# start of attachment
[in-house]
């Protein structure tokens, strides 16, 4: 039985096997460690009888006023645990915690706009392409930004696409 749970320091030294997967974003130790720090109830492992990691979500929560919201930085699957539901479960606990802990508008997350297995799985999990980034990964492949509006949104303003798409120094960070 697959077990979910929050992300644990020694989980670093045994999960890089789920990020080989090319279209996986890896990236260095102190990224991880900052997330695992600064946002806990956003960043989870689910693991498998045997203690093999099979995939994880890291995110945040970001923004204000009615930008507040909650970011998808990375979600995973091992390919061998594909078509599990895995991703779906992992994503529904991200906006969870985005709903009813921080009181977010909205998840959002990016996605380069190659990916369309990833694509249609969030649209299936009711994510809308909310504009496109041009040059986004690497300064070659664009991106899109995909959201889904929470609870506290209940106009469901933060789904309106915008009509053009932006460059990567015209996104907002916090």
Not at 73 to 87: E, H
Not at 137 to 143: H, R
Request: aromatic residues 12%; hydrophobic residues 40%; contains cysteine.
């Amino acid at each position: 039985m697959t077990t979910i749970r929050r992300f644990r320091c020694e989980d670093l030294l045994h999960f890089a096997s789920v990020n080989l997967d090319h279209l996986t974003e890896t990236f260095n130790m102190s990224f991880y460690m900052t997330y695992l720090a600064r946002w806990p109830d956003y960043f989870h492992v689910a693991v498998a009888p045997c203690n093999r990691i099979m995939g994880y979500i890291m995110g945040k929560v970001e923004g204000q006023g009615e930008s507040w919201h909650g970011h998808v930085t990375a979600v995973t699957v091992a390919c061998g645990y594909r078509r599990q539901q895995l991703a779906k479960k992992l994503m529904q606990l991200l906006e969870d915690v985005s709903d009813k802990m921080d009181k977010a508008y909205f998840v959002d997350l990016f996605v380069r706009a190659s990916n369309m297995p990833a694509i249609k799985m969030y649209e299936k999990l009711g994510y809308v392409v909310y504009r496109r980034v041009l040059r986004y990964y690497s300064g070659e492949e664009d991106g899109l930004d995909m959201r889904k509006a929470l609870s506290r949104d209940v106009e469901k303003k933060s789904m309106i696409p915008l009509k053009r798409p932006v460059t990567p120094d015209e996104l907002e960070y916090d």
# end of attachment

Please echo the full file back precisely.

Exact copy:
[in-house]
């Protein structure tokens, strides 16, 4: 039985096997460690009888006023645990915690706009392409930004696409 749970320091030294997967974003130790720090109830492992990691979500929560919201930085699957539901479960606990802990508008997350297995799985999990980034990964492949509006949104303003798409120094960070 697959077990979910929050992300644990020694989980670093045994999960890089789920990020080989090319279209996986890896990236260095102190990224991880900052997330695992600064946002806990956003960043989870689910693991498998045997203690093999099979995939994880890291995110945040970001923004204000009615930008507040909650970011998808990375979600995973091992390919061998594909078509599990895995991703779906992992994503529904991200906006969870985005709903009813921080009181977010909205998840959002990016996605380069190659990916369309990833694509249609969030649209299936009711994510809308909310504009496109041009040059986004690497300064070659664009991106899109995909959201889904929470609870506290209940106009469901933060789904309106915008009509053009932006460059990567015209996104907002916090």
Not at 73 to 87: E, H
Not at 137 to 143: H, R
Request: aromatic residues 12%; hydrophobic residues 40%; contains cysteine.
């Amino acid at each position: 039985m697959t077990t979910i749970r929050r992300f644990r320091c020694e989980d670093l030294l045994h999960f890089a096997s789920v990020n080989l997967d090319h279209l996986t974003e890896t990236f260095n130790m102190s990224f991880y460690m900052t997330y695992l720090a600064r946002w806990p109830d956003y960043f989870h492992v689910a693991v498998a009888p045997c203690n093999r990691i099979m995939g994880y979500i890291m995110g945040k929560v970001e923004g204000q006023g009615e930008s507040w919201h909650g970011h998808v930085t990375a979600v995973t699957v091992a390919c061998g645990y594909r078509r599990q539901q895995l991703a779906k479960k992992l994503m529904q606990l991200l906006e969870d915690v985005s709903d009813k802990m921080d009181k977010a508008y909205f998840v959002d997350l990016f996605v380069r706009a190659s990916n369309m297995p990833a694509i249609k799985m969030y649209e299936k999990l009711g994510y809308v392409v909310y504009r496109r980034v041009l040059r986004y990964y690497s300064g070659e492949e664009d991106g899109l930004d995909m959201r889904k509006a929470l609870s506290r949104d209940v106009e469901k303003k933060s789904m309106i696409p915008l009509k053009r798409p932006v460059t990567p120094d015209e996104l907002e960070y916090d």